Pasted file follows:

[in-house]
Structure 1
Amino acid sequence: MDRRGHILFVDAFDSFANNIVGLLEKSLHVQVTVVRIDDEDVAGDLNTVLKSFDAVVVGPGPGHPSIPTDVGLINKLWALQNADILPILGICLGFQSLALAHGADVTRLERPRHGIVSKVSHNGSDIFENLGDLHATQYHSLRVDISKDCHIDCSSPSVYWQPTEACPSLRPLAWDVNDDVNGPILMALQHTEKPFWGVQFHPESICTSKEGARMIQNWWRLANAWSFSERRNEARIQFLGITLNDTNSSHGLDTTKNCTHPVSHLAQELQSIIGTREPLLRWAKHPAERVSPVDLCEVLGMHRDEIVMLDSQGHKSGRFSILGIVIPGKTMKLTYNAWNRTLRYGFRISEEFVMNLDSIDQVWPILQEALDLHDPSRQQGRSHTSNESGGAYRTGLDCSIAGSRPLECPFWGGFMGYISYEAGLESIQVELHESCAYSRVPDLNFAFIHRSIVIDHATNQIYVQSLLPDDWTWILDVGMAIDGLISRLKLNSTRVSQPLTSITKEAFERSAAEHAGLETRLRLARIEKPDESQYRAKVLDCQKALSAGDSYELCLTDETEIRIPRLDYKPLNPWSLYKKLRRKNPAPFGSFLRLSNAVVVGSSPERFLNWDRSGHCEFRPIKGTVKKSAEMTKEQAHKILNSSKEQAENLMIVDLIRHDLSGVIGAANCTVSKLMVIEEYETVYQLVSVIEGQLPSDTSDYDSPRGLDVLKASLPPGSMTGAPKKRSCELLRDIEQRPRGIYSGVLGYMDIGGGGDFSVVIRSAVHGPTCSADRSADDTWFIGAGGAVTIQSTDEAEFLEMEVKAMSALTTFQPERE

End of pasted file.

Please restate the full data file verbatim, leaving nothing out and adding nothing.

[in-house]
Structure 1
Amino acid sequence: MDRRGHILFVDAFDSFANNIVGLLEKSLHVQVTVVRIDDEDVAGDLNTVLKSFDAVVVGPGPGHPSIPTDVGLINKLWALQNADILPILGICLGFQSLALAHGADVTRLERPRHGIVSKVSHNGSDIFENLGDLHATQYHSLRVDISKDCHIDCSSPSVYWQPTEACPSLRPLAWDVNDDVNGPILMALQHTEKPFWGVQFHPESICTSKEGARMIQNWWRLANAWSFSERRNEARIQFLGITLNDTNSSHGLDTTKNCTHPVSHLAQELQSIIGTREPLLRWAKHPAERVSPVDLCEVLGMHRDEIVMLDSQGHKSGRFSILGIVIPGKTMKLTYNAWNRTLRYGFRISEEFVMNLDSIDQVWPILQEALDLHDPSRQQGRSHTSNESGGAYRTGLDCSIAGSRPLECPFWGGFMGYISYEAGLESIQVELHESCAYSRVPDLNFAFIHRSIVIDHATNQIYVQSLLPDDWTWILDVGMAIDGLISRLKLNSTRVSQPLTSITKEAFERSAAEHAGLETRLRLARIEKPDESQYRAKVLDCQKALSAGDSYELCLTDETEIRIPRLDYKPLNPWSLYKKLRRKNPAPFGSFLRLSNAVVVGSSPERFLNWDRSGHCEFRPIKGTVKKSAEMTKEQAHKILNSSKEQAENLMIVDLIRHDLSGVIGAANCTVSKLMVIEEYETVYQLVSVIEGQLPSDTSDYDSPRGLDVLKASLPPGSMTGAPKKRSCELLRDIEQRPRGIYSGVLGYMDIGGGGDFSVVIRSAVHGPTCSADRSADDTWFIGAGGAVTIQSTDEAEFLEMEVKAMSALTTFQPERE